How One Film Director Created a Celebration of Cinema for Her Wedding at Hotel Peter & Paul in New Orleans
When moving back to her hometown of Jackson, Mississippi, during the pandemic, Jaclyn Bethany—a writer, director and actor known for her work in Indigo Valley and The Delta Girl—probably didn’t expect to meet her future husband: Brian Chadwick. “Brian and I had a lot of crossover growing up, but we never knew each other,” tells Jaclyn. Before they knew it, Brian was popping the question on a trip to North Carolina, and the imaginative couple began planning the wedding of their dreams.
From the start, Jaclyn and Brian wanted their nuptials to evoke creativity and artistry in every detail. “This was a vision that my wedding planners, Kerri and Jamie, really honed with me,” the bride explains. “I wanted it to feel cinematic, theatrical and personal. The more I cultivated inspiration, the more the vibrant bold colors of Baz Luhrmann's iconic Romeo and Juliet seeped into the vision.”
The movie ideation was especially evident in the ceremony decor. The grandeur of the church venue housed a heart-shaped floral arch with bunches of dyed blooms, which gave way to a spectacular mirrored aisle flanked by ghost chairs and, of course, neon heart crucifixes. Candles of varying sizes and low lighting gave the space that extra Romeo and Juliet touch. “At the entrance to the church, it was sort of a mini LoveShackFancy set up: different potted plants, flowers and bright pink bows on each door. I always wanted a lot of flowers in unique arrangements and colors,” says Jaclyn. “The flower girls had custom angel wings like Clare Danes in the movie—I really loved this detail.”
Some of the couple’s favorite aspects of their big day came through during the ceremony. “The bridesmaids walked down the aisle to 'House of Woodcock,' composed by Johnny Greenwood for Phantom Thread: one of my favorite films. I walked down to a live rendition of 'Kissing You,' the theme from Romeo and Juliet,” recalls the bride. “I had some performer/composer friends there that I had worked with before, and we had a gospel choir perform 'All You Need is Love,' along with pop-up instrumentalists before we left the ceremony. This was a surprise!” Jaclyn goes on to explain the significance these moments played for her during the day: “I think before I found words, I found music. Intertwining those two worlds together for our ceremony was incredible. Music is such a beautiful way to express a thought or feeling, and New Orleans is one of the music capitals of the world.”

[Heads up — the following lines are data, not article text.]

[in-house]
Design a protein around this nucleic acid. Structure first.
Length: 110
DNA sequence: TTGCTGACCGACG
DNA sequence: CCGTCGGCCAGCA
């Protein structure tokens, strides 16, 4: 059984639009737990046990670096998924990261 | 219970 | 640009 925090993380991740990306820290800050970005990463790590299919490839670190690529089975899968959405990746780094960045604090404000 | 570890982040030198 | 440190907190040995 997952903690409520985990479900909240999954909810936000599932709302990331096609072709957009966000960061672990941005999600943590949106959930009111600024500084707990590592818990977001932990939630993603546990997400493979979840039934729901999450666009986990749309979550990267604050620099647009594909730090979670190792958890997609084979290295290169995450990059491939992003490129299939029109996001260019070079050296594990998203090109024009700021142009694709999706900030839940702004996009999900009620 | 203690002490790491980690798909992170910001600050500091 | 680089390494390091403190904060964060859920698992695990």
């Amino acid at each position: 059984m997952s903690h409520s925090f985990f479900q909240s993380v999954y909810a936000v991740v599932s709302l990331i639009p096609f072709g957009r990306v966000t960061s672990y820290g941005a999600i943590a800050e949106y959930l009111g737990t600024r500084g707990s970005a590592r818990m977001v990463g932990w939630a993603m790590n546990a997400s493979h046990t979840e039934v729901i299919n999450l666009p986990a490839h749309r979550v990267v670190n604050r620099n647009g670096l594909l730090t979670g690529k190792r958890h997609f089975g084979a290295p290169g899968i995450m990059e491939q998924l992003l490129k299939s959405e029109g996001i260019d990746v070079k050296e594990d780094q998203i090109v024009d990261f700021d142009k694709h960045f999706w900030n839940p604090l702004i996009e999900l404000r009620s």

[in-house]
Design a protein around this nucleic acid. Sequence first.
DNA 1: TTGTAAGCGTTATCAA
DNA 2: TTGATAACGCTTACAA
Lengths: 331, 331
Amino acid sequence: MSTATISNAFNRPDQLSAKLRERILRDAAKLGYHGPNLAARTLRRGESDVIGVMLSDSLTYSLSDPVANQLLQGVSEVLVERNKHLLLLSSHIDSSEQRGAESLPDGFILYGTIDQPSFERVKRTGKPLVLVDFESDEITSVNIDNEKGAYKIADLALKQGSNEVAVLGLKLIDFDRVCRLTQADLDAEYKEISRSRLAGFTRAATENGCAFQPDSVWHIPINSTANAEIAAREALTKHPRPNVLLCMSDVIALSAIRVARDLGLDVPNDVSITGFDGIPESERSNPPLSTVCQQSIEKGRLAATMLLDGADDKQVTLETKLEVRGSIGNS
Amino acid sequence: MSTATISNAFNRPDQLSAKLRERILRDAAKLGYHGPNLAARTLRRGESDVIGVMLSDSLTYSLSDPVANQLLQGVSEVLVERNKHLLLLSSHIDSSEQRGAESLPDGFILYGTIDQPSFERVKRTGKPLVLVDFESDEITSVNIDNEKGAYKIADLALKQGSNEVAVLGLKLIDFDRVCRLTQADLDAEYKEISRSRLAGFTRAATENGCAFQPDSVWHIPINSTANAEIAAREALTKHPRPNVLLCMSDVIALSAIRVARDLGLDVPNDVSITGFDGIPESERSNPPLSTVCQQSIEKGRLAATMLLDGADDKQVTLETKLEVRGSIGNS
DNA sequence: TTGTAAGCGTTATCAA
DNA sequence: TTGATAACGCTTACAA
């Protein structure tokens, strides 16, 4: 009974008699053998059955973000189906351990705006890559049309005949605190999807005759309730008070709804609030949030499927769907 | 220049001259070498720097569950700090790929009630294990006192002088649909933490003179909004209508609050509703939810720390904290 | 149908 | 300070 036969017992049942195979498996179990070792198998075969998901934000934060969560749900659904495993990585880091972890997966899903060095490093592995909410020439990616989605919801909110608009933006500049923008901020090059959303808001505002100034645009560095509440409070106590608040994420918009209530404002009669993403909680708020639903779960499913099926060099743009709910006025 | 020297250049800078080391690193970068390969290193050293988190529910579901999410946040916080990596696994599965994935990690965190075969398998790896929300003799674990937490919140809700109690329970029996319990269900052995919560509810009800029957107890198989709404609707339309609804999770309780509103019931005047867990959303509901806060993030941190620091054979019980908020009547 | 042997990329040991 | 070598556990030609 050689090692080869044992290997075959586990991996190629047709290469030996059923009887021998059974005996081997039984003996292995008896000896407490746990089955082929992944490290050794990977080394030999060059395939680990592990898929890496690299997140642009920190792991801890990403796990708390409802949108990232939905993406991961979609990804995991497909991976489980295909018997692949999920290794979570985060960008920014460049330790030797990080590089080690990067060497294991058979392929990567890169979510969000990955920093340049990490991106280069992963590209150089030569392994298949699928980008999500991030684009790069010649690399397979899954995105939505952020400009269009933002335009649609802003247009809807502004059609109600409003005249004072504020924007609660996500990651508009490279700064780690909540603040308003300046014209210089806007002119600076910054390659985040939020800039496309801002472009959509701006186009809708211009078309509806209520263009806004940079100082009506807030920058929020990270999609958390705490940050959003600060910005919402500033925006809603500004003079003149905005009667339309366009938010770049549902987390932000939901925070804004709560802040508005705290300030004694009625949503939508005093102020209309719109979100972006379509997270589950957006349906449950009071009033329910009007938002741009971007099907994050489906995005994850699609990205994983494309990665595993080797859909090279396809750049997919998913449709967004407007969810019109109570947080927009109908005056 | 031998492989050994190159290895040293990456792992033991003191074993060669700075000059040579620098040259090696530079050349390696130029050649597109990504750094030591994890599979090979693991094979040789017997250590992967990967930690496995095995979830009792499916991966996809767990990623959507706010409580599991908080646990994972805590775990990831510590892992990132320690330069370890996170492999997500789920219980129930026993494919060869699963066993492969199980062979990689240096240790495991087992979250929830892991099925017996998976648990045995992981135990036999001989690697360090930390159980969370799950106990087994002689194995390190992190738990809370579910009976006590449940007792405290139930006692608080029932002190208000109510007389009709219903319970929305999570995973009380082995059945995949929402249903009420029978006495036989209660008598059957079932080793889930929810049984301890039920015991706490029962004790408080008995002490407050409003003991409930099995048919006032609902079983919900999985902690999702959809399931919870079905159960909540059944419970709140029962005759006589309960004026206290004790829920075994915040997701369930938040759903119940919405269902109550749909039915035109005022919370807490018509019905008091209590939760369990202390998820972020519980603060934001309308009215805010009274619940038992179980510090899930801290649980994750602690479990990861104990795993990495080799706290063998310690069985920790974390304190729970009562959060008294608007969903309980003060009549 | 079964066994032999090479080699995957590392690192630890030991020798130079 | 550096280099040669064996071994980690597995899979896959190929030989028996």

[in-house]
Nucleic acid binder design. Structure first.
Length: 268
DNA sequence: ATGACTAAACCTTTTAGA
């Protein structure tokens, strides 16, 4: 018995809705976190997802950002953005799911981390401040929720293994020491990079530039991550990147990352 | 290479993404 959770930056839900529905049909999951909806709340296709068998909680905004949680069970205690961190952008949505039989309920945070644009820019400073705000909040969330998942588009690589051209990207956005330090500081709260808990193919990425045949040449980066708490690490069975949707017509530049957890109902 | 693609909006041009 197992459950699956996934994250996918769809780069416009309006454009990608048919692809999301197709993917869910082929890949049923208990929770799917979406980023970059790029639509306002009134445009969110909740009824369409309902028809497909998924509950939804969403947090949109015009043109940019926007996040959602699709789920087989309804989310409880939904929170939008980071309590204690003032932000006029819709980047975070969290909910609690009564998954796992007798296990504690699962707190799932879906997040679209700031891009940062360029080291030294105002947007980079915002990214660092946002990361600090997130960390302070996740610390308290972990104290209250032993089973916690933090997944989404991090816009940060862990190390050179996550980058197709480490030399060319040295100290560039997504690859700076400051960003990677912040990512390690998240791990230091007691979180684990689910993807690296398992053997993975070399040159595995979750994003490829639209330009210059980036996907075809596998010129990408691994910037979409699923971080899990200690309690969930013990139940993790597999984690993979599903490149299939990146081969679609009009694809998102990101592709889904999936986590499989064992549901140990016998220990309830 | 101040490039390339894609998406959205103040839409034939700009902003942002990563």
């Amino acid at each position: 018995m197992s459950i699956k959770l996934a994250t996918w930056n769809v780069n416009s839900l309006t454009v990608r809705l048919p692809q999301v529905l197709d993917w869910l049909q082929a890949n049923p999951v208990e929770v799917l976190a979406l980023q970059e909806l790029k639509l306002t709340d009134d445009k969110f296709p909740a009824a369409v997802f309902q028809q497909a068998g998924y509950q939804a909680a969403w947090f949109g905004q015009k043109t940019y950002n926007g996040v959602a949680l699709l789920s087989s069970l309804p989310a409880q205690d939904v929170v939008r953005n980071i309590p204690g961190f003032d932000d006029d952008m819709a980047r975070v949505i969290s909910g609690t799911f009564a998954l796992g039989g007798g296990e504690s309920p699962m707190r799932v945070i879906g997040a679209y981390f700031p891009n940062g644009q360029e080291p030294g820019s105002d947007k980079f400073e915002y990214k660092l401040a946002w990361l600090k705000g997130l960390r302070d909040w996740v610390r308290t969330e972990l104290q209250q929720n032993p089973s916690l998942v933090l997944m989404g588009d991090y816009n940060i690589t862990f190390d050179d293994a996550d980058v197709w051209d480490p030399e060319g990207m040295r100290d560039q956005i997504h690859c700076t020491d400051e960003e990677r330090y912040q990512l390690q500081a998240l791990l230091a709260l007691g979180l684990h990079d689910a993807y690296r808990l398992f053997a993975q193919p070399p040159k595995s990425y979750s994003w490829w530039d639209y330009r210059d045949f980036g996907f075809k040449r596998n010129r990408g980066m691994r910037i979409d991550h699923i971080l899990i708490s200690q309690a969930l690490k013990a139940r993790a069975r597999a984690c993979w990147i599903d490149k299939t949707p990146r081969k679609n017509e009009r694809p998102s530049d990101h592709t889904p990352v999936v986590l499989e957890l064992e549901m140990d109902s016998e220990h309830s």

In addition to the decor, the bride was equally as excited to bring out her creative spirit with her wedding-day ensemble. “Fashion has always been a big part of my life. Growing up, my mother and I would always walk past the bridal salon at Bergdorf Goodman in New York City. So, naturally, that was one of my first appointments. They brought out a dress that they were going to send back. It was Vera Wang, and it was totally unique and beautiful. It had a classic corseted shape, but a gorgeous skirt that was mainly pink, but incorporated what I like to describe as the color palette of a Degas ballerina. It just felt like me.”
The ceremony area was flipped to host the reception post-vows—plenty more fun and unique details awaited the newlyweds’ loved ones! From a tarot card reader to a Prince impersonator, a Sazerac signature cocktail, hidden photo booth, cotton candy, face painting and more: “it was all very festive and beautiful,” notes Jaclyn.
The final touch came during dessert. The couple’s wedding cake was a signature celebration of all things cinematic (and chromatic). “One of my favorite films aesthetically is Peter Weir's Picnic at Hanging Rock, and our cake reminded me of that film.” The four-tiered confection displayed bright pink and blue, as well as literal cherries on top—the final piece to the perfect evening.